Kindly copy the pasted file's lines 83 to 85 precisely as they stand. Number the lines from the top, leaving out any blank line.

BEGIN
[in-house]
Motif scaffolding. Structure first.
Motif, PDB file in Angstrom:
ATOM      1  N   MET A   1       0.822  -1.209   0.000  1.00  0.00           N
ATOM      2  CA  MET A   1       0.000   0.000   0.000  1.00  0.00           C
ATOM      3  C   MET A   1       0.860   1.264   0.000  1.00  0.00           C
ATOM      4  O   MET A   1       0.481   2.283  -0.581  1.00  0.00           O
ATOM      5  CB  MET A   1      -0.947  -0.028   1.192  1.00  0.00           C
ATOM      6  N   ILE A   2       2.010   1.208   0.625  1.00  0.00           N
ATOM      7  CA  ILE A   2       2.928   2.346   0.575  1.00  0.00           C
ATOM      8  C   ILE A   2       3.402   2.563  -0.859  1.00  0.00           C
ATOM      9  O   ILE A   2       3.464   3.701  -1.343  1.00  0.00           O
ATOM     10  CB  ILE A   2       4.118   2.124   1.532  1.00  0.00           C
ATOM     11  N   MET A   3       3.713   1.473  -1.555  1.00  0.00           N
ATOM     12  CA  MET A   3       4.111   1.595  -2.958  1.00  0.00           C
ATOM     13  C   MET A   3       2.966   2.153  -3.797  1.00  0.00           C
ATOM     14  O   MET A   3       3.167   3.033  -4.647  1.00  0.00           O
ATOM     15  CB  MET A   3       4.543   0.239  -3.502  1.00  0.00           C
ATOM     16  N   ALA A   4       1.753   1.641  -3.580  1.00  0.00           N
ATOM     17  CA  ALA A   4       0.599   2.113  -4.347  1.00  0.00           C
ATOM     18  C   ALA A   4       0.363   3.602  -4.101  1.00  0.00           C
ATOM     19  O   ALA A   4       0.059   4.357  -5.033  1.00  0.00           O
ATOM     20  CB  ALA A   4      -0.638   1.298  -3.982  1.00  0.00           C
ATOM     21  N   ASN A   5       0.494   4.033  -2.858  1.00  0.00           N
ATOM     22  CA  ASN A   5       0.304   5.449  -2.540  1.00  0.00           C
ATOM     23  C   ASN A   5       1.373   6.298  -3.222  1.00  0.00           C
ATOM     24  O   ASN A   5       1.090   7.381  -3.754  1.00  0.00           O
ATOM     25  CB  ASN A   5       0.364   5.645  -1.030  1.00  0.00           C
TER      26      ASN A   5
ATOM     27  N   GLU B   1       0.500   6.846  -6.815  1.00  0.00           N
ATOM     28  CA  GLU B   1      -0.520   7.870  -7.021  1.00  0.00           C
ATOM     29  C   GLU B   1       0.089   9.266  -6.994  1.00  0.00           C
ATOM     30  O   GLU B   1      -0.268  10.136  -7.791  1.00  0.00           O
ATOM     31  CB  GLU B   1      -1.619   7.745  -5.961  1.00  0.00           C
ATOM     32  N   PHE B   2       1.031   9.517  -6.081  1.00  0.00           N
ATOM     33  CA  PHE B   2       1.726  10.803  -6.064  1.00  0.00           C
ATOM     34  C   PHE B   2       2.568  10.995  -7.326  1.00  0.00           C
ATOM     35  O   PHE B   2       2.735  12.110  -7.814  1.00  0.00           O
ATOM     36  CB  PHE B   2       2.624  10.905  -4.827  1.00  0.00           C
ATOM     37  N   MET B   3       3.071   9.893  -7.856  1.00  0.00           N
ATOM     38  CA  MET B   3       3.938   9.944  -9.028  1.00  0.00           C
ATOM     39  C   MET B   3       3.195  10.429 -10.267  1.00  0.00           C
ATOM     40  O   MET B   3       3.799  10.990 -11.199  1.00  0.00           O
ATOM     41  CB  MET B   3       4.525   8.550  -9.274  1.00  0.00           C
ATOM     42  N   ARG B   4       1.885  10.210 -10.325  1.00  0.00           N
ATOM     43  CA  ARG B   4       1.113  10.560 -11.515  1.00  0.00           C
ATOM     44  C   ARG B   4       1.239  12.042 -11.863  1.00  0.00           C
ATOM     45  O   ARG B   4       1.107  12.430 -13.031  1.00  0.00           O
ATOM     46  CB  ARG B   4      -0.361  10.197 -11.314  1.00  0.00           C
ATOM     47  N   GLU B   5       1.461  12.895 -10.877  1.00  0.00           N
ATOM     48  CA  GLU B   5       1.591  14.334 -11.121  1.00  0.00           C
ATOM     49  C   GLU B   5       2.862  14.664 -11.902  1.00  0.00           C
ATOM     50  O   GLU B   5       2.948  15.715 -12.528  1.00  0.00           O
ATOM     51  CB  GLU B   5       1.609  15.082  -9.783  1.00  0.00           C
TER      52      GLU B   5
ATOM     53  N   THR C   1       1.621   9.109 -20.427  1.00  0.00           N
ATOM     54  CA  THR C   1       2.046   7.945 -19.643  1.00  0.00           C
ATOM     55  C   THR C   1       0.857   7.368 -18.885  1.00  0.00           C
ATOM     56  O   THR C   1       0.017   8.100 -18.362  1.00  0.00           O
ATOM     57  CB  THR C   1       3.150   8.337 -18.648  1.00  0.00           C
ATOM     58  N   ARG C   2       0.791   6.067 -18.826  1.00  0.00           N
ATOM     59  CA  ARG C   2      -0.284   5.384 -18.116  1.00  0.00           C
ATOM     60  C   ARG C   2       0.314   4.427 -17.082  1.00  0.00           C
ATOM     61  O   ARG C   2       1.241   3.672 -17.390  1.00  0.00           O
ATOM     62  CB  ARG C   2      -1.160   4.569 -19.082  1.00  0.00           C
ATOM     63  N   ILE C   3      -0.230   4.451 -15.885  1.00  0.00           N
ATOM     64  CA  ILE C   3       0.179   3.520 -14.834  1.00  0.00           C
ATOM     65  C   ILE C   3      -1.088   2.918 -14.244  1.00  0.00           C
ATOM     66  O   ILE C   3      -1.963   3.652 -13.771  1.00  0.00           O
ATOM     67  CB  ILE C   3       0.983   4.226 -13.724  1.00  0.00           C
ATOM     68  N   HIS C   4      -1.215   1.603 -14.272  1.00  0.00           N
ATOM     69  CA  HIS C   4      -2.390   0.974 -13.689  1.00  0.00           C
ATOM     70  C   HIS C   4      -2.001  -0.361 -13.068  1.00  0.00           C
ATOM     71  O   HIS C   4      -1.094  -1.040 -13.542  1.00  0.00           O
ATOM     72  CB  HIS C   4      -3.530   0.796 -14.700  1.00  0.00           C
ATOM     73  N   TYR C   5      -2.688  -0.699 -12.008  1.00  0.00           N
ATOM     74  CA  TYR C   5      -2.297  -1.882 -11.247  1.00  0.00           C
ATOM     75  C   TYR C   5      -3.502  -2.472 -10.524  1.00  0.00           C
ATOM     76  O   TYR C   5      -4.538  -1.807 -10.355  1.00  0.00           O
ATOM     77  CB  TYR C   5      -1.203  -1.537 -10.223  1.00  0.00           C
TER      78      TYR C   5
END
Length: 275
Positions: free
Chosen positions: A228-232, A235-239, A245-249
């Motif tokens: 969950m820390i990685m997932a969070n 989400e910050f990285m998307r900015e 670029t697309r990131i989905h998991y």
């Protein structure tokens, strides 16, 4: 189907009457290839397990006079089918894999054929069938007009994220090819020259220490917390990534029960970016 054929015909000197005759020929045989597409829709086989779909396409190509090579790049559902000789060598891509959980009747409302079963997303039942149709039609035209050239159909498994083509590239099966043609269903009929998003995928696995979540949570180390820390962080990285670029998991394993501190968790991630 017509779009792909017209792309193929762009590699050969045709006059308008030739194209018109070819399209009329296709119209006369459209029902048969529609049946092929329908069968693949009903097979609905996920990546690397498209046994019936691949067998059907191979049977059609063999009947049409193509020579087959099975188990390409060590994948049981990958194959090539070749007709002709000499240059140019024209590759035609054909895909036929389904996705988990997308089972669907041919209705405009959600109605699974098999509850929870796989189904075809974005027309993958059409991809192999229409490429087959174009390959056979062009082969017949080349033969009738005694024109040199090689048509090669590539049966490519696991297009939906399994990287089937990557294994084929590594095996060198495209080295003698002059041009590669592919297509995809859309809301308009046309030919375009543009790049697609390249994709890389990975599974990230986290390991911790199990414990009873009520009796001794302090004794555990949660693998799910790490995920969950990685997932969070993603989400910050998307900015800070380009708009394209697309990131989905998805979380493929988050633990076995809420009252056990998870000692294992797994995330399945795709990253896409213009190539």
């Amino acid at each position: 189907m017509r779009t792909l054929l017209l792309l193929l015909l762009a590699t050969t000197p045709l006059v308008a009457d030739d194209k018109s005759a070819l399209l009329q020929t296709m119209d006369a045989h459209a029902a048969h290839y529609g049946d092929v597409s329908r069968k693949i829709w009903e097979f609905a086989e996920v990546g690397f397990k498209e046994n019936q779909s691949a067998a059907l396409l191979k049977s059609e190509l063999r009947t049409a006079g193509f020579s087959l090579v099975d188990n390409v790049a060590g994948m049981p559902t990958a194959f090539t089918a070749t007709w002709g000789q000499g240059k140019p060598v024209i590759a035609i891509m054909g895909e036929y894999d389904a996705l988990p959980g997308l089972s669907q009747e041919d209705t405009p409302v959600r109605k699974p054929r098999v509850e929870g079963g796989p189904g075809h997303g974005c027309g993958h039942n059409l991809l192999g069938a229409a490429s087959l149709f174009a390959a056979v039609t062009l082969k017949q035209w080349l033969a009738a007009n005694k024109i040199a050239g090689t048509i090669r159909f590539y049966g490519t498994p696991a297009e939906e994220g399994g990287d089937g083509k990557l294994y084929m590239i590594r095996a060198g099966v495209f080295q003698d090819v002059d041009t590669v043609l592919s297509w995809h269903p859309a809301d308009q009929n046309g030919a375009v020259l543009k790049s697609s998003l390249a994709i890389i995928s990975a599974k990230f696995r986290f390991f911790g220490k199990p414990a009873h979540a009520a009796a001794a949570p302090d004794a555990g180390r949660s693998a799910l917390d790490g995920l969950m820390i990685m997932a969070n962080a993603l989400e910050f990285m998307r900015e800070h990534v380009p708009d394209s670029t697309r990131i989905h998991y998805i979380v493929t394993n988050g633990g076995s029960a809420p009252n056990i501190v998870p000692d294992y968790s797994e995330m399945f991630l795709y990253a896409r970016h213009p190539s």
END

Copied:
Length: 275
Positions: free
Chosen positions: A228-232, A235-239, A245-249